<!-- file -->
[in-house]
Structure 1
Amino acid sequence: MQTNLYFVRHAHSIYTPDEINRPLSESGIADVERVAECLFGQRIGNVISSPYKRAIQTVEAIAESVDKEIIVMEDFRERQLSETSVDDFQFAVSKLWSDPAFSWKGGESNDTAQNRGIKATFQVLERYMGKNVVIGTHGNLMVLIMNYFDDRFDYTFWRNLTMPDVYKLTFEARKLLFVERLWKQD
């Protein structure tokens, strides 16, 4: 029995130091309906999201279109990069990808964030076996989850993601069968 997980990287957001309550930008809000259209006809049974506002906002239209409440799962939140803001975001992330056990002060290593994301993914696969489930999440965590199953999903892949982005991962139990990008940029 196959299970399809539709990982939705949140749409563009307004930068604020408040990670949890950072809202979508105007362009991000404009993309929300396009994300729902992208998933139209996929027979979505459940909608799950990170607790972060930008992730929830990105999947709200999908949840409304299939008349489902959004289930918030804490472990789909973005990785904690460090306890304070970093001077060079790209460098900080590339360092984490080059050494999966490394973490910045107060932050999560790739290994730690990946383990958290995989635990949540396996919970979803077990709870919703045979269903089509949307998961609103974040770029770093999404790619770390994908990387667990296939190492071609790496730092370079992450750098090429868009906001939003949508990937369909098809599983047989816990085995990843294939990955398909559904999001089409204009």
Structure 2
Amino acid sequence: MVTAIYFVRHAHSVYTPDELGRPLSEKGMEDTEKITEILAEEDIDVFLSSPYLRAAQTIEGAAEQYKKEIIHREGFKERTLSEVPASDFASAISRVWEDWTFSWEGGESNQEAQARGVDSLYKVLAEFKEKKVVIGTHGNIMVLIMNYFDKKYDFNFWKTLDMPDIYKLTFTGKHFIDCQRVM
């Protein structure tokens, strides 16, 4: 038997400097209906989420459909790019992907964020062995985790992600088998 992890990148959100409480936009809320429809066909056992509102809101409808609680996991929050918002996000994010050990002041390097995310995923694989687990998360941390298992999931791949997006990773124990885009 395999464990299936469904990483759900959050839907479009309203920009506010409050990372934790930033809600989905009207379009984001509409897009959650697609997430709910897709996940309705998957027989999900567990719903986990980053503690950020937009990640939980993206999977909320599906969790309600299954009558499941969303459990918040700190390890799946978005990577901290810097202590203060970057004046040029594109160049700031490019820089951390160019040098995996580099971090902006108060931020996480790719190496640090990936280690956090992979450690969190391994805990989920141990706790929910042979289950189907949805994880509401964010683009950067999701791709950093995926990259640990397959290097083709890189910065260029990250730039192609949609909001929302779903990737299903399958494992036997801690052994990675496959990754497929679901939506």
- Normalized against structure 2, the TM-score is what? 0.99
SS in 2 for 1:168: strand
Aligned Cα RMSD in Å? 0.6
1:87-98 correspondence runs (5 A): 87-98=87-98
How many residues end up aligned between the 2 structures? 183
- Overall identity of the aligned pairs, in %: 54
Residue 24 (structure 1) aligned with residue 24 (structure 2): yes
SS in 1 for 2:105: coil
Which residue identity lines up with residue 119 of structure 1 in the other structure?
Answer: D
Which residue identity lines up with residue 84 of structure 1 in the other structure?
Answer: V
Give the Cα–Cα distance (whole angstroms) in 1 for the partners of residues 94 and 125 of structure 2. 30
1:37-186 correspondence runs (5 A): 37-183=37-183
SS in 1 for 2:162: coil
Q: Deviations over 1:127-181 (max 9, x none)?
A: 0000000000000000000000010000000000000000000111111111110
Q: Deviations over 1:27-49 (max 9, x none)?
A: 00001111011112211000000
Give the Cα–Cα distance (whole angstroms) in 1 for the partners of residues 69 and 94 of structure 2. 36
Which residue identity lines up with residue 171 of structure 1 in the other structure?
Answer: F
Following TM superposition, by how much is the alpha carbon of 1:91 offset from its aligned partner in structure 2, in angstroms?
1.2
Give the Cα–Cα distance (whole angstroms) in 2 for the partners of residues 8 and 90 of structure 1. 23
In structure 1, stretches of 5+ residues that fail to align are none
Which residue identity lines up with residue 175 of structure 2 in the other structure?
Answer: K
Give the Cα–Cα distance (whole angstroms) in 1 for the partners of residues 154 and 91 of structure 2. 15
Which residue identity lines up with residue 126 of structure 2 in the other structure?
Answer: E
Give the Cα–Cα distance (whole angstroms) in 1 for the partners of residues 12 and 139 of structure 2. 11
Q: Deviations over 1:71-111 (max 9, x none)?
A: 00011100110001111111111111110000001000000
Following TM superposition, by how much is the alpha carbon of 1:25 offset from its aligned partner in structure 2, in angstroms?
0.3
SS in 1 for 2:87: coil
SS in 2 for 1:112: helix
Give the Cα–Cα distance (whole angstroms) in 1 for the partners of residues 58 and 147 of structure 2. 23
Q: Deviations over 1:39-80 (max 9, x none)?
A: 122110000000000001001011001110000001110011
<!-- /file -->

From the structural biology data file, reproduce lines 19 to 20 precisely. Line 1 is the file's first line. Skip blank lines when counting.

Answer: V
Give the Cα–Cα distance (whole angstroms) in 1 for the partners of residues 94 and 125 of structure 2. 30